August 14, 2015
An op-ed by Johanna Wald. One could almost hear a collective sigh of relief emanating from the Massachusetts criminal justice reform community at the announcement last week that the state would—finally—begin a long-overdue Justice Reinvestment effort. While more than 20 states have already undergone this data driven process aimed at reducing rates of incarceration, “liberal” Massachusetts had been strangely resistant to the federally-backed initiative. In fact, the Legislature veered off in the opposite direction several years ago, passing a controversial “Three Strikes” law to increase mandatory sentences for some offenses.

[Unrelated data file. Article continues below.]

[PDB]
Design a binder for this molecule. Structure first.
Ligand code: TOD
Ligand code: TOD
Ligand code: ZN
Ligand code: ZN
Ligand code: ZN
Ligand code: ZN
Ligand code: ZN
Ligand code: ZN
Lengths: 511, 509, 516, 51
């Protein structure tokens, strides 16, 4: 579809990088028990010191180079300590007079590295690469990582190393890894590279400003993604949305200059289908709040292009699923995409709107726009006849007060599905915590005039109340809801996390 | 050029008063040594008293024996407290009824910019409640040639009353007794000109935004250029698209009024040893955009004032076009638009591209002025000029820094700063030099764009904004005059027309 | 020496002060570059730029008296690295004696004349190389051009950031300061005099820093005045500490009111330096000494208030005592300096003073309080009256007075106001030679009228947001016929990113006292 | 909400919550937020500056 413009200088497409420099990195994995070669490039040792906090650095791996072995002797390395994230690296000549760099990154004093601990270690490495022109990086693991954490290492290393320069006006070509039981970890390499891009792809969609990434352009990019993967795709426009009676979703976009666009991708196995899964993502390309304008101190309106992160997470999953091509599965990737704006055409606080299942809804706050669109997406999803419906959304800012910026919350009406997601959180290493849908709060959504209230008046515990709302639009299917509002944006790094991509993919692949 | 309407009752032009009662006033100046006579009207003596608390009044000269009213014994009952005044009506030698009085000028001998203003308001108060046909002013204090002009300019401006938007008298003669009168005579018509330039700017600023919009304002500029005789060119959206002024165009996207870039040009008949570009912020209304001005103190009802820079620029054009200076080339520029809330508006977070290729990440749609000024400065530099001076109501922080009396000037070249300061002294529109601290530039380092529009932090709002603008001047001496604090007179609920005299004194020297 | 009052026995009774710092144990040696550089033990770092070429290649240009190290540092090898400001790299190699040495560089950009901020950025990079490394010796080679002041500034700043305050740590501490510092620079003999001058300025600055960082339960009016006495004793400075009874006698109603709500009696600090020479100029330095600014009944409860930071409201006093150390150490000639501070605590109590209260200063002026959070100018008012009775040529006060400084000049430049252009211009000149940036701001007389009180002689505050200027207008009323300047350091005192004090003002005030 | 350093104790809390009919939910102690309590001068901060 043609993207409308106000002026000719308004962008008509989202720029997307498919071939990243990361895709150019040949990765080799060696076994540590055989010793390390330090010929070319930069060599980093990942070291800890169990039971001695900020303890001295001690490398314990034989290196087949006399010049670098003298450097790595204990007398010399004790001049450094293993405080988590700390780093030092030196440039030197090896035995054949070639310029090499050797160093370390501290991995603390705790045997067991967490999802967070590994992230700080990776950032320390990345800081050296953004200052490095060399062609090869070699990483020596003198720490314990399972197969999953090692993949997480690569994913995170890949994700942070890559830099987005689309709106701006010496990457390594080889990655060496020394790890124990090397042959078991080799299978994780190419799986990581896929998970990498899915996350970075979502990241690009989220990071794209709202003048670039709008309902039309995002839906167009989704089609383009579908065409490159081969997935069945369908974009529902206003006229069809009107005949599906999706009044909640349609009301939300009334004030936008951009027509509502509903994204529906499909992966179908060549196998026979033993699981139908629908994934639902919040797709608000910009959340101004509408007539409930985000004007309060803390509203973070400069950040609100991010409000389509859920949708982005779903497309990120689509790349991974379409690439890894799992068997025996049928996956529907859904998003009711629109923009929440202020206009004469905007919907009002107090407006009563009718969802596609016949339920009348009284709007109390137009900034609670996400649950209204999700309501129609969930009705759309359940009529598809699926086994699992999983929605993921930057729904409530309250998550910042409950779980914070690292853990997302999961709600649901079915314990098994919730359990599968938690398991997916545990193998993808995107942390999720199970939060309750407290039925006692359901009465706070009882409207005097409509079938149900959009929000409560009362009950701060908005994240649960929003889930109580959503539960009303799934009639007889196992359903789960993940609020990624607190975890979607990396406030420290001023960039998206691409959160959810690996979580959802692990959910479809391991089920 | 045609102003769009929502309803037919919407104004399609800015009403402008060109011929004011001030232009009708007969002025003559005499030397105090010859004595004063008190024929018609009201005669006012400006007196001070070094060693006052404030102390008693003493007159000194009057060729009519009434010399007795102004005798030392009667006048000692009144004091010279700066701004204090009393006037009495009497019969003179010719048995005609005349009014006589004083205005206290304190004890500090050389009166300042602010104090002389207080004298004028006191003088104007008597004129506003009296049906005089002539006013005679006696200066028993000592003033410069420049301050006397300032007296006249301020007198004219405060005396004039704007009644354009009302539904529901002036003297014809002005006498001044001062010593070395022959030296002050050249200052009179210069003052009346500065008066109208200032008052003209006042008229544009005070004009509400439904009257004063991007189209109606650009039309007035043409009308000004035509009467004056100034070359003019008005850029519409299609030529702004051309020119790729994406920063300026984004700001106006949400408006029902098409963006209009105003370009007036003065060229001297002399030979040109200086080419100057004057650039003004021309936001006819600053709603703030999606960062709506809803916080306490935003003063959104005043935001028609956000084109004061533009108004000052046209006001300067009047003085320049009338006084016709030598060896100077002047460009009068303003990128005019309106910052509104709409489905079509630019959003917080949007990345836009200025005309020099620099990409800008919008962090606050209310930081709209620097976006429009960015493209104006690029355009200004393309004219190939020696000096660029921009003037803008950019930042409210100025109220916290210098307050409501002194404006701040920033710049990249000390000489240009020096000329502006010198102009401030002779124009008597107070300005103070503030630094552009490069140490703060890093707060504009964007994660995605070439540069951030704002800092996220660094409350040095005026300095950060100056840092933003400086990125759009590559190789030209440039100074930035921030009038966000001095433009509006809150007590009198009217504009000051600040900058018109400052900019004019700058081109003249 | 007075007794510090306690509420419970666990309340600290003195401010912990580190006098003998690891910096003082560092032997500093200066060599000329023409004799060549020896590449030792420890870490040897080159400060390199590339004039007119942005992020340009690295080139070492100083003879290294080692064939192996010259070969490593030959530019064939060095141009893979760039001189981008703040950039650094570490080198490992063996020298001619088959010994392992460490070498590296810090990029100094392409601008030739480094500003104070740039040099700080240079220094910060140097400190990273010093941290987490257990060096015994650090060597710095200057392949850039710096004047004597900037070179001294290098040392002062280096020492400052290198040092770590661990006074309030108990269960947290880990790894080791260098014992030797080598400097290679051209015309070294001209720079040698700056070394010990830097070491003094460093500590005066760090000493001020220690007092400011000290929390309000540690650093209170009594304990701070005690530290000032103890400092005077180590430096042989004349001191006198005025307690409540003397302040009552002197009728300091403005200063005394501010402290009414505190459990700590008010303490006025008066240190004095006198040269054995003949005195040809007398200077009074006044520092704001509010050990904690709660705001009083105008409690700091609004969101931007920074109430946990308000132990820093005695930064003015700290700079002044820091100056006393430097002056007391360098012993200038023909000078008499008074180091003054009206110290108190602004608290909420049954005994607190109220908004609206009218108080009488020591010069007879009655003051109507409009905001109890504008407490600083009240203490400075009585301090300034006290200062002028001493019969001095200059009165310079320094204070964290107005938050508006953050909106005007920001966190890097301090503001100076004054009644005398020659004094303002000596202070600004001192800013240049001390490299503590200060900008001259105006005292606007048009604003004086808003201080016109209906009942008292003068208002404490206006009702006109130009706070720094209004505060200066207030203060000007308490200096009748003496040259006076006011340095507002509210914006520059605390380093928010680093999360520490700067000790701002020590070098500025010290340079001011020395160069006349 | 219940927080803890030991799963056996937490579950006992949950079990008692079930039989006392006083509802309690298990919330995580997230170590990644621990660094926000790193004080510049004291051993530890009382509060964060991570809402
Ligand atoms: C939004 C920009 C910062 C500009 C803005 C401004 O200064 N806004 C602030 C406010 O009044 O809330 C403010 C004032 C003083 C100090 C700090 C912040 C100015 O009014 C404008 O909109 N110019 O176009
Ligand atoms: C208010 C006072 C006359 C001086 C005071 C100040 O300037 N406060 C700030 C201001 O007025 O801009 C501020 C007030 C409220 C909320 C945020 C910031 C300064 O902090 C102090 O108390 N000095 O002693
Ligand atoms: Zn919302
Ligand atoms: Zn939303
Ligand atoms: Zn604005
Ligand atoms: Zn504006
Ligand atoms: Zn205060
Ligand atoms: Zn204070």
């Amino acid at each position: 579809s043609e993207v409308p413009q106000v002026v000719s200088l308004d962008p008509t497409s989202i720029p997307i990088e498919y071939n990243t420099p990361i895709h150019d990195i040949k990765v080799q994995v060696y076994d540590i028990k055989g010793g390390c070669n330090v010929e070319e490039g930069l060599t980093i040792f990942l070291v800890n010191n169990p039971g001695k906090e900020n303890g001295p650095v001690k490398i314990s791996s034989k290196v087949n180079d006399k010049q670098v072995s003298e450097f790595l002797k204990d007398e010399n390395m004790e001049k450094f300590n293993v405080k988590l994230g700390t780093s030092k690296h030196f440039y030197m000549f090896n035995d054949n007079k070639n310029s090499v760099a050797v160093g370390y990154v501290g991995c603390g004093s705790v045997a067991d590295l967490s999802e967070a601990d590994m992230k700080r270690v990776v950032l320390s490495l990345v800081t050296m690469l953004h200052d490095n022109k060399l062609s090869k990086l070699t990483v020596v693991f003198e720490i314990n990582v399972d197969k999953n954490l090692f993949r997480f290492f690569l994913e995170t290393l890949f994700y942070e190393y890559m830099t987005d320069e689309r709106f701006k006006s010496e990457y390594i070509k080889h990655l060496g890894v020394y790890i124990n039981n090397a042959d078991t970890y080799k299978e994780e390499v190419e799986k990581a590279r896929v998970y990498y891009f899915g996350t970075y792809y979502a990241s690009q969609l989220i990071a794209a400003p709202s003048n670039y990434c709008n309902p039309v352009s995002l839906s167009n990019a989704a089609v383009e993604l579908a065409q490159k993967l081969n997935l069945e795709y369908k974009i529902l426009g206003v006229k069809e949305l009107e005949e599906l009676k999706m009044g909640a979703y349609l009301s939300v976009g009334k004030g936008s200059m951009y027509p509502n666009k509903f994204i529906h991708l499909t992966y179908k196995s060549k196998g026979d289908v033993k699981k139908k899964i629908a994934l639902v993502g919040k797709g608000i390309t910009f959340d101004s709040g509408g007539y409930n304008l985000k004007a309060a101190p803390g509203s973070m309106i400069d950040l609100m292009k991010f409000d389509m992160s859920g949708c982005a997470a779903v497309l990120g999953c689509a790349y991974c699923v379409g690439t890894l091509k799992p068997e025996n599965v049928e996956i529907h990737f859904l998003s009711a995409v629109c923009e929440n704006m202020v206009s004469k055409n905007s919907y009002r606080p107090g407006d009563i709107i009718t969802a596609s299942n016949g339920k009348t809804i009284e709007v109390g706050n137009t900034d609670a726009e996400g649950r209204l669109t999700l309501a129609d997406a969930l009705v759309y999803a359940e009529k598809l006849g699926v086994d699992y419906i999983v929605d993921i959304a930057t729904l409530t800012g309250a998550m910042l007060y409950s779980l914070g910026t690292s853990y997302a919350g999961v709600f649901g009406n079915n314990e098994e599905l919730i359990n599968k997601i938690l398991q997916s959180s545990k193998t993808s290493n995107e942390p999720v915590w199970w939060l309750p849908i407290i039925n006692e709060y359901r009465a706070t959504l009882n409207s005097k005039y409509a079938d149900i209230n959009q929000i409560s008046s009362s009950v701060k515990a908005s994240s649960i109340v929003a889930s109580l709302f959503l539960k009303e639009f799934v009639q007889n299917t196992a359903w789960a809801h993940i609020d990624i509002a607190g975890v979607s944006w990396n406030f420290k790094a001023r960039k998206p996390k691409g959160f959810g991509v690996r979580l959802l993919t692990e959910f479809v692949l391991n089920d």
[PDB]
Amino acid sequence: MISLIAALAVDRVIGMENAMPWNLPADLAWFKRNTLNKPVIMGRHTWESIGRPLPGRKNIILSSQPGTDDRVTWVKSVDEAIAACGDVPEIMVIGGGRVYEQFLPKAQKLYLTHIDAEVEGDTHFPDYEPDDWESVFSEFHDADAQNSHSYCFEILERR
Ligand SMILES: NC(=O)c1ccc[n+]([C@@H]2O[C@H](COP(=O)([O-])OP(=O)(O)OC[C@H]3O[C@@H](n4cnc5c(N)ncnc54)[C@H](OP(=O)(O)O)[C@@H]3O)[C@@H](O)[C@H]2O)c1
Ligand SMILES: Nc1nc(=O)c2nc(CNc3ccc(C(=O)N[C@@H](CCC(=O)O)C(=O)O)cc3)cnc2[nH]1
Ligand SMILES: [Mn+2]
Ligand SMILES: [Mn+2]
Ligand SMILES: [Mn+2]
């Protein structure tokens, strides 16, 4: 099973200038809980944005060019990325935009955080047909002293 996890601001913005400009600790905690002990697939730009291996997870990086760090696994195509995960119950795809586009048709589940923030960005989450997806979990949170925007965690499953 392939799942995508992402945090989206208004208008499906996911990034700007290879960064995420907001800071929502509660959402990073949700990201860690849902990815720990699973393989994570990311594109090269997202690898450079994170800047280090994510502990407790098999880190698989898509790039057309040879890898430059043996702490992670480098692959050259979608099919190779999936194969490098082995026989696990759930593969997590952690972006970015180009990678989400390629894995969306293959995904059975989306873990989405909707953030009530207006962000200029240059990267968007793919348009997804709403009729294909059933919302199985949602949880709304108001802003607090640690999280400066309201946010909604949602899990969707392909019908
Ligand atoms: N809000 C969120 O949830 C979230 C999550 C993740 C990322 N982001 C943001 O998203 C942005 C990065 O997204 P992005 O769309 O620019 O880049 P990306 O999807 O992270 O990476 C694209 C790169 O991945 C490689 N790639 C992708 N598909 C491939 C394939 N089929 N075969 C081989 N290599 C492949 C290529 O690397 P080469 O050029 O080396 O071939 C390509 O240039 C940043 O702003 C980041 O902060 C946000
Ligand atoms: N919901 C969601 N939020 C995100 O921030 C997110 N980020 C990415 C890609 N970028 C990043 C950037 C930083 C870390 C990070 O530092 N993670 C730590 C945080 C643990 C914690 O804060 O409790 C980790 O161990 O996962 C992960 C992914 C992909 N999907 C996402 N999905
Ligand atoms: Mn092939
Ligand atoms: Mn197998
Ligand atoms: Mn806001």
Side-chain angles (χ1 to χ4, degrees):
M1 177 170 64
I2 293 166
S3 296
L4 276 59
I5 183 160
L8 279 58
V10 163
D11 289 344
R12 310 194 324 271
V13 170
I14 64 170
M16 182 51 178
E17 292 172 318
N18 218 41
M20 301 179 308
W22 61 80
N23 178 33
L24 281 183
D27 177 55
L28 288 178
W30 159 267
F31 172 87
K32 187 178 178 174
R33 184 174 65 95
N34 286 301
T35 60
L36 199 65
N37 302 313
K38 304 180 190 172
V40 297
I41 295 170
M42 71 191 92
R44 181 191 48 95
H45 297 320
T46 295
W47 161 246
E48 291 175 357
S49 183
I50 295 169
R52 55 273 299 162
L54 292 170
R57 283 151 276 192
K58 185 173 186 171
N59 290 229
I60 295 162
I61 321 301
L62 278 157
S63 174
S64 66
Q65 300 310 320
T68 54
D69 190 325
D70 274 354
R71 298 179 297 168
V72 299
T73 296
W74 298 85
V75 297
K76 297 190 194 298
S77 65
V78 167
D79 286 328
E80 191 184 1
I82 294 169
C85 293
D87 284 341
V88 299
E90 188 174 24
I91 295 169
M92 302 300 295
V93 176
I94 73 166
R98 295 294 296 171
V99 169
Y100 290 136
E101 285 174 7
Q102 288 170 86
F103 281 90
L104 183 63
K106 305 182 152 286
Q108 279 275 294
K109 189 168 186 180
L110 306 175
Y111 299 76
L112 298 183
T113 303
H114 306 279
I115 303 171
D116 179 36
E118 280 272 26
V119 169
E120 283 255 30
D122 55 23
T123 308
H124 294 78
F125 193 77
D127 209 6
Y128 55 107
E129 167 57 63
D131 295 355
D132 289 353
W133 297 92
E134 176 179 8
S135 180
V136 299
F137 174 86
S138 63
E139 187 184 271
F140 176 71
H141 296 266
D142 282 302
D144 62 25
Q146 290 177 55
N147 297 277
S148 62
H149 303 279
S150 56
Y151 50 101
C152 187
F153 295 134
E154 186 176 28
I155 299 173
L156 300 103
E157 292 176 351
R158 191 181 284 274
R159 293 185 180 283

An op-ed by David Harris and Johanna Wald. On June 5, 1947, Secretary of State George Marshall spoke to a crowd of 15,000 at Harvard University’s commencement...“The remedy lies in breaking the vicious circle,” stated George Marshall in the speech. Indeed. We propose to create a new Houston/Marshall Plan (named after civil rights giants Charles Hamilton Houston and Thurgood Marshall), focused on helping communities restore themselves after decades of intentional disinvestment. This new Houston/Marshall Plan will advance strategies, innovations, and solutions designed by those living and working in these neighborhoods. It is their voices that have been routinely ignored or silenced in public policy discussions.